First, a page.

In counterpoint to "Gravity," about an astronaut's struggle to survive in space, J.C. Chandor's drama revolves around a lone sailor's struggle to survive at sea.
The challenge begins as a 39-foot yacht is struck by a metal shipping container filled with Chinese-made children's shoes. The Virginia Jean's grizzled owner (Robert Redford) awakens, inundated by seawater pouring into the cabin. In the vast expanse of the Indian Ocean with his navigation equipment deactivated and his radio in need of repair, he is barely able to patch up the damaged hull before he's battered by the wind and rain from a violent storm, which capsizes the boat in open water, 1,700 miles from the Sumatra Straits. Perilously adrift in a life raft, using only a sextant and nautical maps to chart his progress, the resourceful mariner must improvise. His strategy is to rely on ocean currents to carry him into a shipping lane -- in hope of hailing a passing vessel. But soon sharks are circling, his water supply is exhausted and he's fighting for his life.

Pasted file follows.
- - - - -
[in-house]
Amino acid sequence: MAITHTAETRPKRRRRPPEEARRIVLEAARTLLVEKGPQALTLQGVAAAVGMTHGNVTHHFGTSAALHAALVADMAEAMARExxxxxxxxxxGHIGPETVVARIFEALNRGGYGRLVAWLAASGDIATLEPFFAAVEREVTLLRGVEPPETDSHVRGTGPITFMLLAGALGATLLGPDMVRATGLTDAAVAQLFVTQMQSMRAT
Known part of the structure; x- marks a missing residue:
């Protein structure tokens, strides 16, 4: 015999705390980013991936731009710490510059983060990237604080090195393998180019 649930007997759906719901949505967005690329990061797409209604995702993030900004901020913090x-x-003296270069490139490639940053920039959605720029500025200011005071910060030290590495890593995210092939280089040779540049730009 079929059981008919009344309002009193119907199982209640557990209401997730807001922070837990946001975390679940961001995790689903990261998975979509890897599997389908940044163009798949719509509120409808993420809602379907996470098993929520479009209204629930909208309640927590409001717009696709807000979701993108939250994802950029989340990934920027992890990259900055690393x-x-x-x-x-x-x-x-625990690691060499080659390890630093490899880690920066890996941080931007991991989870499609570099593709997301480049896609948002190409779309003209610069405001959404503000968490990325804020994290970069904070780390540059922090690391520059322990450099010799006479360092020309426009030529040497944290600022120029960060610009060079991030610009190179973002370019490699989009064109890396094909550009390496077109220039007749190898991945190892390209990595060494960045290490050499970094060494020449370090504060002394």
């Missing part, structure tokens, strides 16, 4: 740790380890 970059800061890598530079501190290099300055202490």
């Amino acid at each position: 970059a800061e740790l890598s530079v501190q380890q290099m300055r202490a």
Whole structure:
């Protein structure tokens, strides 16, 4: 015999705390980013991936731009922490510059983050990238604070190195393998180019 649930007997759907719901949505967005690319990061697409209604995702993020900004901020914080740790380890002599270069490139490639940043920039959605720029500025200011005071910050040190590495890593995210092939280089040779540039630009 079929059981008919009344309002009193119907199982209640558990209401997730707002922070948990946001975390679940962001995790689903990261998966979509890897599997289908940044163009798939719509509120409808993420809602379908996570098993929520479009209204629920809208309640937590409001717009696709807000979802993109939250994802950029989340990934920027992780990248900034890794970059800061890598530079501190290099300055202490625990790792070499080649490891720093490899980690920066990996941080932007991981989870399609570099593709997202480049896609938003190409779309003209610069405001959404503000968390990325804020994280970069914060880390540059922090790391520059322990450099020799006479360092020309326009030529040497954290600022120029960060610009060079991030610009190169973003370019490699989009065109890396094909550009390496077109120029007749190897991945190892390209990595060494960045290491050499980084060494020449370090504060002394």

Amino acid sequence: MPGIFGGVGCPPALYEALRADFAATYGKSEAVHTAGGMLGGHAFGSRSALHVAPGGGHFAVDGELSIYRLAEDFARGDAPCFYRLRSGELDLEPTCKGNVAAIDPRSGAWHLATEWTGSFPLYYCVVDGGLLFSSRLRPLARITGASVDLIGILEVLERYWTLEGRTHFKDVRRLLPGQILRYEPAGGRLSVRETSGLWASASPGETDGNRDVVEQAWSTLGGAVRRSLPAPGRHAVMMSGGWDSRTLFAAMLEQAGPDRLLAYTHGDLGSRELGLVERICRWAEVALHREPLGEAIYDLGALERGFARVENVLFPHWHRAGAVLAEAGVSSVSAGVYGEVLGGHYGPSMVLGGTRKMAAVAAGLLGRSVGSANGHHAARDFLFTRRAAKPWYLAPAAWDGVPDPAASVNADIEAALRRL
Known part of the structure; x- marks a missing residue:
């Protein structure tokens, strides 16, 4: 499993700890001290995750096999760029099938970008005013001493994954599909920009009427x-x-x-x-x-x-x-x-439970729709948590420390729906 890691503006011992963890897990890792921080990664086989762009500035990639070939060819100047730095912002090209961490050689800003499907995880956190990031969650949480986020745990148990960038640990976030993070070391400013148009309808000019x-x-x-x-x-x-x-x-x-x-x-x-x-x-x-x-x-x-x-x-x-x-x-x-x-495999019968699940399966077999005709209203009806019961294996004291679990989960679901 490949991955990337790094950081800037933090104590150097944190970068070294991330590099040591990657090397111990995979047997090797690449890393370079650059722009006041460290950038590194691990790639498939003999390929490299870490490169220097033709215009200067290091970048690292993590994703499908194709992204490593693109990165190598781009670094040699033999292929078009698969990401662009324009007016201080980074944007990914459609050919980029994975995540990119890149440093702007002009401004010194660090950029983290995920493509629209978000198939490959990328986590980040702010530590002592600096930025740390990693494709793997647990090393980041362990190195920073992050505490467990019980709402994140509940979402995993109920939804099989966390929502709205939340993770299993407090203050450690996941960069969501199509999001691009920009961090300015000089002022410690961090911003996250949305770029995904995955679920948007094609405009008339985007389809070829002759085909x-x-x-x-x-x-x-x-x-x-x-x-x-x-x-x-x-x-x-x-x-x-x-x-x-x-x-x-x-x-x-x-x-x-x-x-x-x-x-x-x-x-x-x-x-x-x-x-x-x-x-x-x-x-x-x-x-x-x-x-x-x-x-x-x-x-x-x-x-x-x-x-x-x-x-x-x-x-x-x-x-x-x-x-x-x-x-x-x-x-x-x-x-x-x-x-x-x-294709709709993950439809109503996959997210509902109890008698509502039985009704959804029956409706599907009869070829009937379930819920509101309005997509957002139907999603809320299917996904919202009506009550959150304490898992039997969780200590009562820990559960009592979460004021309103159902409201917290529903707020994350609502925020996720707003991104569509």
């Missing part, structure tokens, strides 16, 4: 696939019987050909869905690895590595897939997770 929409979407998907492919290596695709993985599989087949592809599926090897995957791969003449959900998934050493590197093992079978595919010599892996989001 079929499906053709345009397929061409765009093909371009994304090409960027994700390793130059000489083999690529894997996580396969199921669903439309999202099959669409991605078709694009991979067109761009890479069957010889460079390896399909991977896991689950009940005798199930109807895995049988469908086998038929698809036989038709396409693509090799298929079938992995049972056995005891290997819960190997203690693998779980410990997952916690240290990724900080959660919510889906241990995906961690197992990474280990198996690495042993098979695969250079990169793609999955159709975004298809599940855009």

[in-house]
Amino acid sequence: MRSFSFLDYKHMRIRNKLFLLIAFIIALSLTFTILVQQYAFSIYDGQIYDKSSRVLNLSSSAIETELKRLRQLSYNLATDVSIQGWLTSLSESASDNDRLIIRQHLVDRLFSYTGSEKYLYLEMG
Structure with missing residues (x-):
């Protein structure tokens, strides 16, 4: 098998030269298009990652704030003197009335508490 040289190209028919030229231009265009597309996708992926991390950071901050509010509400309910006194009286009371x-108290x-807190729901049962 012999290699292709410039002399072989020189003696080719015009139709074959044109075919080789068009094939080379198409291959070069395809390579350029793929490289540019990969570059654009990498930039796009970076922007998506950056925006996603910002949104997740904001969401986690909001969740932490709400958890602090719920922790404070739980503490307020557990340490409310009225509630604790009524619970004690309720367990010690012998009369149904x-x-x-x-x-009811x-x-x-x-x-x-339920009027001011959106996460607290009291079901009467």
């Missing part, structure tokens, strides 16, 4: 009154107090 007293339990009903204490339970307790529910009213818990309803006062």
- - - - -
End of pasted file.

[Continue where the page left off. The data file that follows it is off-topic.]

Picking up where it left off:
Although there is almost no dialogue, charismatic Redford's compelling, subtly edgy, complex performance is intelligent and intensely focused, combining insight with uncertainty and fear, evoking memories of his earlier, often underestimated, work in the equally rugged "Jeremiah Johnson" (1972). Now in his mid-70s, Redford reportedly performed the majority of his own stunts, and an inevitable Best Actor Oscar nomination is well deserved.
Writer/director Chandor, who garnered a Best Screenplay Oscar nomination for his first film, "Margin Call," boldly relies on minimalist, Hemingway-esque realism and naturalistic sounds to sustain seafaring suspense in what might be interpreted as an environmental, perhaps metaphysical, allegory. There are no tricks or gimmicks, no flashbacks with secondary characters to explain the nameless man's family situation. It's all about ingenuity and dogged perseverance -- superbly chronicled by cinematographers Frank G. DeMarco and Peter Zuccarini and scored by Alex Ebert.
On the Granger Movie Gauge of 1 to 10, "All Is Lost" is an awesome 8, an extraordinary adventure on an unforgiving sea.